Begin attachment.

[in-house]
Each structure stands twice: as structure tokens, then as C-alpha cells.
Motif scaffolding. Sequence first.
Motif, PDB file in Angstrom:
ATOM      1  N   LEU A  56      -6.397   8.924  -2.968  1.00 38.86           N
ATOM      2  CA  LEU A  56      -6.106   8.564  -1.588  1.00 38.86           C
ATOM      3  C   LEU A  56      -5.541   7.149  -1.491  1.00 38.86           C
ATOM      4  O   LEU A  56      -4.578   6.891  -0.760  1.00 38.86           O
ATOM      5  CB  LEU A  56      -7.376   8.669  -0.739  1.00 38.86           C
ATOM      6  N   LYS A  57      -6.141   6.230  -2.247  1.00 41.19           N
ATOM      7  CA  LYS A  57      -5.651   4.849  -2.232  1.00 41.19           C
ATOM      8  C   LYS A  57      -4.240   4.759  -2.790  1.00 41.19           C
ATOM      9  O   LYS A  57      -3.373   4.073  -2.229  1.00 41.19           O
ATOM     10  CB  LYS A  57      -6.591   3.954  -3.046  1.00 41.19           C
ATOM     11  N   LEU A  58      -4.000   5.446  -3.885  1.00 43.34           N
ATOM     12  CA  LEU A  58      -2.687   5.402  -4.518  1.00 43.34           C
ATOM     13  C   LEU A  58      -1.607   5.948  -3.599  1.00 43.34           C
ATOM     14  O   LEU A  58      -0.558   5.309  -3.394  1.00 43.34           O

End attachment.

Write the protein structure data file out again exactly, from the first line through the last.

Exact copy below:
[in-house]
Each structure stands twice: as structure tokens, then as C-alpha cells.
Motif scaffolding. Sequence first.
Motif, PDB file in Angstrom:
ATOM      1  N   LEU A  56      -6.397   8.924  -2.968  1.00 38.86           N
ATOM      2  CA  LEU A  56      -6.106   8.564  -1.588  1.00 38.86           C
ATOM      3  C   LEU A  56      -5.541   7.149  -1.491  1.00 38.86           C
ATOM      4  O   LEU A  56      -4.578   6.891  -0.760  1.00 38.86           O
ATOM      5  CB  LEU A  56      -7.376   8.669  -0.739  1.00 38.86           C
ATOM      6  N   LYS A  57      -6.141   6.230  -2.247  1.00 41.19           N
ATOM      7  CA  LYS A  57      -5.651   4.849  -2.232  1.00 41.19           C
ATOM      8  C   LYS A  57      -4.240   4.759  -2.790  1.00 41.19           C
ATOM      9  O   LYS A  57      -3.373   4.073  -2.229  1.00 41.19           O
ATOM     10  CB  LYS A  57      -6.591   3.954  -3.046  1.00 41.19           C
ATOM     11  N   LEU A  58      -4.000   5.446  -3.885  1.00 43.34           N
ATOM     12  CA  LEU A  58      -2.687   5.402  -4.518  1.00 43.34           C
ATOM     13  C   LEU A  58      -1.607   5.948  -3.599  1.00 43.34           C
ATOM     14  O   LEU A  58      -0.558   5.309  -3.394  1.00 43.34           O